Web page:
TPR rejects claim it pressured schemes to adopt LDI; ‘strong case’ for pro trustee authorisation

The Pensions Regulator (TPR) chief executive, Charles Counsell, has rejected claims that the regulator put pressure on defined benefit (DB) pension schemes to adopt liability-driven investments (LDI) when they didn’t feel it was appropriate.

Speaking at a session at the Work and Pensions Committee (WPC) on DB schemes with LDI, WPC chair, Stephen Timms, said to Counsell that some schemes had told the committee that they felt TPR had placed huge pressure on them to adopt LDI when they felt it was not appropriate.

Timms also said that schemes had told the WPC they were fearful that the pressure was likely to increase with TPR’s additional powers and penalties.

In response, Counsell said that he was not sure that he recognised the complaint.

“We don’t put huge pressure on schemes or advisers,” he said. “What we do is encourage them to manage the risks that they have got within their own individual scheme.

“It’s important to state that the underlying basis is scheme specific. I don’t recognise that we’ve put them under pressure. What we do is set out clear guidance and we expect them to take into account that guidance when they are looking at their specific circumstances.

“If we feel that schemes are not following the guidance we may well encourage them more strongly, but broadly we are expecting them to take their decisions that are appropriate for the particular circumstances of the scheme.”

Counsell noted that in the build up to the LDI crisis, it had believed that it had a reasonably robust response in place across pension schemes for what was a reasonably plausible scenario of a 100 basis point movement in gilt yields.

“Obviously, what happened was way beyond that and we’ve asked ourselves the question of what we have to learn from that,” he continued.

“It’s clear that the level of collateral wasn’t sufficient for what happened. Sometimes you have to take judgements as a regulator about how hard you push pension schemes.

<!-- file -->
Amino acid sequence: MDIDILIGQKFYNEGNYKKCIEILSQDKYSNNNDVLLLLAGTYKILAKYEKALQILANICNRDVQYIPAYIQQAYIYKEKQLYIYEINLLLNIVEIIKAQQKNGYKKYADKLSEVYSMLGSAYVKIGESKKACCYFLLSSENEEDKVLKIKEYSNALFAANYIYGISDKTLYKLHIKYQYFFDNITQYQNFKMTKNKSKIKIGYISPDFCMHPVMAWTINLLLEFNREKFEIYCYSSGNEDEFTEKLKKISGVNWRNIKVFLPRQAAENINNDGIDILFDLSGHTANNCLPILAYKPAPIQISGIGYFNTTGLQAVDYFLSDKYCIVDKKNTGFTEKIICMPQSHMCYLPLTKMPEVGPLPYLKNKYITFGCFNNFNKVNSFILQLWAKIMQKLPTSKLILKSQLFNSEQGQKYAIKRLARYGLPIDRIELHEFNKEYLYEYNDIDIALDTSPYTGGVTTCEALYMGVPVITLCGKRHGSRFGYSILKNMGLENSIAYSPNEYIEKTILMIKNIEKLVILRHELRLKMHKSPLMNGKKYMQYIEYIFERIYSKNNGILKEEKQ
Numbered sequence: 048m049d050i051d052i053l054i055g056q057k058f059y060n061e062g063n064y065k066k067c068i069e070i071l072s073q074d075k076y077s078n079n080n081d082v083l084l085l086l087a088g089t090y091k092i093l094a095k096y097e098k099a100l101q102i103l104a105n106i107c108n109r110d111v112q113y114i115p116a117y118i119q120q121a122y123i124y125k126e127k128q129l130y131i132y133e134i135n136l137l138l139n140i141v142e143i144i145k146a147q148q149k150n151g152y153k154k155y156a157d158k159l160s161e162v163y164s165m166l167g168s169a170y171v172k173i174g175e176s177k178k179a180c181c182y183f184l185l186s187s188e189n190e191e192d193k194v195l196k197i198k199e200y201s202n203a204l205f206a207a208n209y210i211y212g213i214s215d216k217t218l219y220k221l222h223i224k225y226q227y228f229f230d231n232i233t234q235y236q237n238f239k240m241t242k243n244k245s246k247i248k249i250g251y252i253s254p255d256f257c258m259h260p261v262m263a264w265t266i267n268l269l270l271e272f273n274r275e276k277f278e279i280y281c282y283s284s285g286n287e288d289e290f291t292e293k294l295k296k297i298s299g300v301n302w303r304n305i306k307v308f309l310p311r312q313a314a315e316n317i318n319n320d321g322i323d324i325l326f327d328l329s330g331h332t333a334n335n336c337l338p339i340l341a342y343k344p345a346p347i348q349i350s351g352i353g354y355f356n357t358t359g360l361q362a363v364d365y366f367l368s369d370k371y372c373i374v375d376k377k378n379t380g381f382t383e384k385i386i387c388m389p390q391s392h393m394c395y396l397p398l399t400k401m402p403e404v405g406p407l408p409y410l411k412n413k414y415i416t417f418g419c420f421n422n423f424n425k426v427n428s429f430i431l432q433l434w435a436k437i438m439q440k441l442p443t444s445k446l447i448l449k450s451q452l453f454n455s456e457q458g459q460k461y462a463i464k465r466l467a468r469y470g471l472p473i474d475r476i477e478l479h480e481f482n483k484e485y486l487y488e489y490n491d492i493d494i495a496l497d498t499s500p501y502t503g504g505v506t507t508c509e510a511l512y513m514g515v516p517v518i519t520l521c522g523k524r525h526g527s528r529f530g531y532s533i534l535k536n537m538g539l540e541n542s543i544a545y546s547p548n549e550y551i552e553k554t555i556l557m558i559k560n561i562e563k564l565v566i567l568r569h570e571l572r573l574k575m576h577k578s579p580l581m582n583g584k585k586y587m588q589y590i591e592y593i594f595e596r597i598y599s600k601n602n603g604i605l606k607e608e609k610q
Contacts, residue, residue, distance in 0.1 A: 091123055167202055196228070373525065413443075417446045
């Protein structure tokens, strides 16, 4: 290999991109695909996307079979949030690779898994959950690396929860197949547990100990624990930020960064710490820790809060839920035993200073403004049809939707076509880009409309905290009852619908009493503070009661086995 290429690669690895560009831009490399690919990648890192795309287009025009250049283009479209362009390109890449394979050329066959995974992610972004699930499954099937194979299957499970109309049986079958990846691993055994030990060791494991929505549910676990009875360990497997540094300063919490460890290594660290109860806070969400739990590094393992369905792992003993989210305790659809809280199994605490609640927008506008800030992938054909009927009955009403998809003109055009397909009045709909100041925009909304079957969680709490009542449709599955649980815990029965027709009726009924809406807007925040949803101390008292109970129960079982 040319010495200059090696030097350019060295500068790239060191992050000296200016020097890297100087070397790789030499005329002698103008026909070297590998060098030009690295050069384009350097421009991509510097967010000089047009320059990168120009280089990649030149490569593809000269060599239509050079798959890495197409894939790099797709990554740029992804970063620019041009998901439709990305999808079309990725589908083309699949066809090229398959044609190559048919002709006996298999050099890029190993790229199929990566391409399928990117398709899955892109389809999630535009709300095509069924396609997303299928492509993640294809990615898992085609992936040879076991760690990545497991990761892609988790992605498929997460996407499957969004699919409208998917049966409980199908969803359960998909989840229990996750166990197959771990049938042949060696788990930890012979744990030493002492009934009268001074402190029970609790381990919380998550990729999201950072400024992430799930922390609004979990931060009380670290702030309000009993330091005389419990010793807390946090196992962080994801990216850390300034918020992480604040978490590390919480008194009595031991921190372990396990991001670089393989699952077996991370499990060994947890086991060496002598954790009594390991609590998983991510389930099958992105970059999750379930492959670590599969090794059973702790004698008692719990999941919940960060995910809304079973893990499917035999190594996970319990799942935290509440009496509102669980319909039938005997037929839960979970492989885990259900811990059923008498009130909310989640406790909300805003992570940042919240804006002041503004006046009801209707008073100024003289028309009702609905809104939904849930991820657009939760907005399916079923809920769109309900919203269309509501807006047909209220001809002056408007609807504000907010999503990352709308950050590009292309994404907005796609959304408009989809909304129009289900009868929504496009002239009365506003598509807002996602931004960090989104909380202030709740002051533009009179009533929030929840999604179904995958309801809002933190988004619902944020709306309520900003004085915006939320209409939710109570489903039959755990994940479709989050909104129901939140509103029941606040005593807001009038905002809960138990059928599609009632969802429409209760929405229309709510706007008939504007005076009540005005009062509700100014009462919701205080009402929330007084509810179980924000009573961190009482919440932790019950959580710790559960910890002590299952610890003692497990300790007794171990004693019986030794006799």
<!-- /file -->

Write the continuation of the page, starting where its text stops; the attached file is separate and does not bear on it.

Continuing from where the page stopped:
“Quite often we are accused of putting too much burden on our regulated community, and you have to take a view of how much is adequate and how much is too much of a burden.”

Counsell conceded that it was a fair question about the lessons learnt about the degree to which smaller schemes understood the implications of the investments they were making, and that was a lesson that the regulator needed to take away and think about what it does about it.

He added that the regulator did not foresee the speed of the rise in gilt yields that happened at the end of September, and it recognised that now it has happened it will need to change the way the system works and acknowledged the need for a more robust system.

“I think it’s fair to say that we weren’t collecting systematic data around this before this happened and, in retrospect, perhaps we should have, and going forward we will be,” he noted.

“How we will do that we haven’t yet determined, but we are working on that at the moment.”

Later in the session, Counsell said that TPR, for some time, has believed that pension schemes should have a professional trustee sitting on their board, but the reality was that the capacity of the professional trustee market did not match the number of schemes.

For professional trustees, there is no authorisation regime, he noted, adding that there was a question about whether there should be an authorisation process around professional trustees.

Pressed further as to whether he was recommending that there should be an authorisation process for professional trustees, Counsell said: “I’m being slightly cautious about going that far because I realise there’s a lot to do to get there, but I think there is a strong case for it.”

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